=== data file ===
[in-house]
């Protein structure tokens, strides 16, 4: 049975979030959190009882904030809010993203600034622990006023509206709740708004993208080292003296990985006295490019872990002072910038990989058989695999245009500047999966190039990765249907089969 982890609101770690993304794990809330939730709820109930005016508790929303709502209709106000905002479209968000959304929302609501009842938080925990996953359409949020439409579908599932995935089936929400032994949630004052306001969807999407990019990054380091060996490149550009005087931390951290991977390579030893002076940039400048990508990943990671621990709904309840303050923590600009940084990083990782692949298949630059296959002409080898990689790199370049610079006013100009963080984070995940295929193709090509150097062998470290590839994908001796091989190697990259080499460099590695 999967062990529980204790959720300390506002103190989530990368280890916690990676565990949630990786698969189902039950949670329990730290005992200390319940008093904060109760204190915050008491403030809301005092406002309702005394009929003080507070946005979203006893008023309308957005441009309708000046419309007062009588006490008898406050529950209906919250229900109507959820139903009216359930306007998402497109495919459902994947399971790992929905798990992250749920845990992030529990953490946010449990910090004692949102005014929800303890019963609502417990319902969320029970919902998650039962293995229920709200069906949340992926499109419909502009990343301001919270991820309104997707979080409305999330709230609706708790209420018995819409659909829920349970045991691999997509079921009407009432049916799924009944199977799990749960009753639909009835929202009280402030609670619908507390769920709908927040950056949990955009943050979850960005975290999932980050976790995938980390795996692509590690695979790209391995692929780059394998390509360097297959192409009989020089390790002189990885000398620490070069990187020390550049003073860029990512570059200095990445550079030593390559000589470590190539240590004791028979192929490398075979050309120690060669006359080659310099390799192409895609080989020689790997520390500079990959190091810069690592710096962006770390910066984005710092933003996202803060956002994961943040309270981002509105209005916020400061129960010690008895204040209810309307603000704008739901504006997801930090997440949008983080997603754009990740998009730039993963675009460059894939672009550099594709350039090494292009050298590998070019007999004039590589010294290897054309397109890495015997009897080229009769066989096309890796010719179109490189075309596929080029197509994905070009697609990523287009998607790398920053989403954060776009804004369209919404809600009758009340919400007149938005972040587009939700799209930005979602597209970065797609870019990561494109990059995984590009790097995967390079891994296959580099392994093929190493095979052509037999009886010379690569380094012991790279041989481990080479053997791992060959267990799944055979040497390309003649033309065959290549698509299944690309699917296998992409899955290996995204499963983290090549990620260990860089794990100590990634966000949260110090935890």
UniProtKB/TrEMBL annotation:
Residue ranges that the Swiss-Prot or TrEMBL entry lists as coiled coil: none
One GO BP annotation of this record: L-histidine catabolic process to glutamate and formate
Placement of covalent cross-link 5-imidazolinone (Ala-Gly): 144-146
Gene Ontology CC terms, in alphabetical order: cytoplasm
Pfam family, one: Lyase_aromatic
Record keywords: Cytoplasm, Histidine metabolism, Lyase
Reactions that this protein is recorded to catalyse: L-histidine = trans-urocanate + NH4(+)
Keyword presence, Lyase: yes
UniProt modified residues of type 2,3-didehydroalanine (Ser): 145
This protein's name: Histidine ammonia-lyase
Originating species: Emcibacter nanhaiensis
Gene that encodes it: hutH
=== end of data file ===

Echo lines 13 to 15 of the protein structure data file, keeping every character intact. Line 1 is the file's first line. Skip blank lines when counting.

This protein's name: Histidine ammonia-lyase
Originating species: Emcibacter nanhaiensis
Gene that encodes it: hutH